Since starting to run fairly regularly to prepare for Army Basic Training back in 2000, I have learned a whole lot about running and myself: what motivates and depresses my running desire, how to enjoy running, what my limits are... the list goes on and on. I could probably fill a few books with revelations that were earth-moving to me - revelations that had to be gained through personal experience. I do not by any means claim to have become an expert; on the contrary, I have just hit the tip of the ice berg, but I have learned a whole lot and come a long, long way.
Here are a few things I discovered that changed my whole outlook on running (or fitness in general) that hopefully will give you something to chew on.
1) I took my shoes off.
Feeling your exposed foot land on the ground surface provides a vast amount of sensory information to your brain that just isn't achievable shod. The experience is quite visceral and freeing, so much so that I found it addictive. Since my first barefoot run, my mileage, speed, and overall fitness have come a long way. I am a better athlete in every way today than I was at any point previously in my life, and I have my bare feet to thank for that.
The recent emergence of minimalist shoes onto center-stage in fitness circles has raised questions about the benefits of bare feet. "Can't I get the same benefits from shoes that don't impede my form?" Well, yes, you can run efficiently much more easily in minimal footwear than in traditional trainers. However, you really cannot truly "feel" how your foot lands on the ground until to take away all barriers between your skin and the running surface. I discover slight form flaws even today when I run barefoot: I'm scrubbing my foot (rotating it on the surface), I'm heel striking ever so slightly, I'm pushing off, etc. I would never realize these mistakes if I were wearing shoes of any kind. Even socks-only would not provide sufficient feedback to tell me when I'm torquing my foot just before lifting it.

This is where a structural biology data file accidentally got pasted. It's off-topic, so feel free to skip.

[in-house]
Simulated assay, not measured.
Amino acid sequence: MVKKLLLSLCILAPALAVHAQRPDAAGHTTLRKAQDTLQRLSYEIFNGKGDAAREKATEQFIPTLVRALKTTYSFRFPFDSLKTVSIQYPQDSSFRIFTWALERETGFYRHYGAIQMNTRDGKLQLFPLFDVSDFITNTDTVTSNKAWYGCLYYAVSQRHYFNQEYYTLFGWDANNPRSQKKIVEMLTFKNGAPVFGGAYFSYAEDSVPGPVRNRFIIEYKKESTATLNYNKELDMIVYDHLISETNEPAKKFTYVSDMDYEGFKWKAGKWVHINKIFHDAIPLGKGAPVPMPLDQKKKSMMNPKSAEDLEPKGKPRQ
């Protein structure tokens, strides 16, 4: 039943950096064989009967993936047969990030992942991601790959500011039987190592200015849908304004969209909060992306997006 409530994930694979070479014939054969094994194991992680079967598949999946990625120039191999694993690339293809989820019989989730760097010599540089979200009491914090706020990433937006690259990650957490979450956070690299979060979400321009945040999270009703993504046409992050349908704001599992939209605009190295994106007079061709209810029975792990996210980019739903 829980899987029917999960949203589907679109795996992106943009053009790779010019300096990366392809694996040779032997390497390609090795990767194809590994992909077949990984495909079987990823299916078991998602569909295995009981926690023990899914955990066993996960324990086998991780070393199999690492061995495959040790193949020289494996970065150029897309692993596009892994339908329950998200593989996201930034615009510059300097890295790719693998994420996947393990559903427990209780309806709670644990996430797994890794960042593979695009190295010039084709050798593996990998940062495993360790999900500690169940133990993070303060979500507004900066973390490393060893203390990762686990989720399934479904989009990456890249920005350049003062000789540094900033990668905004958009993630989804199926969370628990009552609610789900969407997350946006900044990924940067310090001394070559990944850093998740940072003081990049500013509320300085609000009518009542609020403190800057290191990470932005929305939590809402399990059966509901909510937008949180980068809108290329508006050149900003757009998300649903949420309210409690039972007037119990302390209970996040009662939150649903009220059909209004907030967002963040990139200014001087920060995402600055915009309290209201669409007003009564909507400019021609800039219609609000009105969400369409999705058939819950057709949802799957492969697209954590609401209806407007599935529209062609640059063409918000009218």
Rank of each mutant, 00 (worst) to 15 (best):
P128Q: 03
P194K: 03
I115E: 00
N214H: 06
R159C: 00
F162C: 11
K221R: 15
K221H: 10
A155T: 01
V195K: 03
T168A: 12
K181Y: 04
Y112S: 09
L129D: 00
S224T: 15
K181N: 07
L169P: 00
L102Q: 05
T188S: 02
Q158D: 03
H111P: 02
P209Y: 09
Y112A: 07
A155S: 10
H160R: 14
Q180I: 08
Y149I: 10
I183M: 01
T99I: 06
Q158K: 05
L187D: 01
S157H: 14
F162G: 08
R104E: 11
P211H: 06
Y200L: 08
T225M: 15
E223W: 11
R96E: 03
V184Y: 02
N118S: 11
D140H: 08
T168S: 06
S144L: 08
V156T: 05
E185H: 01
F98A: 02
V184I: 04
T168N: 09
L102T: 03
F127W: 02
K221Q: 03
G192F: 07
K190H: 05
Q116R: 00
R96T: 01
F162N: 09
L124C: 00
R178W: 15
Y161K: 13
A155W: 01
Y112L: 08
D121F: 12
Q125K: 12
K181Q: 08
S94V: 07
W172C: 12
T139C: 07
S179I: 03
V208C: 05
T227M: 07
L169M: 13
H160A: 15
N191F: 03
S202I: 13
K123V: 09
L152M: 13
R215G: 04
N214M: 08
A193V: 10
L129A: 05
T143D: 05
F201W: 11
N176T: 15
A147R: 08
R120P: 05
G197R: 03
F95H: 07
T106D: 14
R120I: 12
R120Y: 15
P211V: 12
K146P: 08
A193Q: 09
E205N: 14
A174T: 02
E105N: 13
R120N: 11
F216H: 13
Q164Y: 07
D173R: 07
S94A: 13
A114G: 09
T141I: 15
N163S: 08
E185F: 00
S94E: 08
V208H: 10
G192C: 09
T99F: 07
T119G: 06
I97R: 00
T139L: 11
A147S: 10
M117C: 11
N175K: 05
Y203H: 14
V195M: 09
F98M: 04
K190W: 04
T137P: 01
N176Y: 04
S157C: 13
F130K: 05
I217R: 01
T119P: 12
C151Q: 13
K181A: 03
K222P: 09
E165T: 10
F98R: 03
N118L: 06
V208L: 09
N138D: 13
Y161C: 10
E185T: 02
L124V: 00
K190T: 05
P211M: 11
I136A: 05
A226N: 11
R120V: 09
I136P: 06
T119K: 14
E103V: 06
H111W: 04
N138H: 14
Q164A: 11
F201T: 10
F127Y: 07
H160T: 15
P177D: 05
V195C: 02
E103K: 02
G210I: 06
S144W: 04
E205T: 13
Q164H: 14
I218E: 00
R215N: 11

2) I started paying attention to my cadence.
The word "cadence" has many negative associations in my mind. Most importantly, I learned to run incorrectly to the sound of a drill sergeant's cadence - clop, clopping down the road in formation during Basic Training runs. That's not the kind of cadence I'm referring to here. The number of times your feet touch the ground per minute (cadence) has a tremendous impact on everything your body does during a run. My plodding footstrikes prior to "waking up" fell in the 120-140 ffpm (footfalls per minute) range. That's painfully slow, by the way, and did prove to be painful period. I was over striding and slamming down on my heels when running. According to numerous natural running purveyors, 180 ffpm is at or near ideal for the majority of runners - an obviously significant increase from my clop-clopping 140 ffpm. This is not an easy change. I'm not saying it hurt; quite the contrary. But you are retraining your body how to land when running which means lots of muscle conditioning to develop muscle memory. It will not be "natural" your first time... or your fifth... or probably your twentieth. You will constantly slip back into a slower cadence when your muscles get slightly fatigued or when your mind wanders. Just know that it takes time to fix form. If you have not tried speeding up your footfalls and think it is no big deal, go outside and give it a shot. Then come back and comment below... about how I'm right. Upping cadence forces you to shorten your stride and land under your center of gravity, which in turn reduces impact forces and, as many runners have found, reduces likelihood of injury. It's totally worth doing this whether or not you intend to try barefoot running, too. Quick tip: download some songs that are 180 bpm or find a metronome for your Ipod.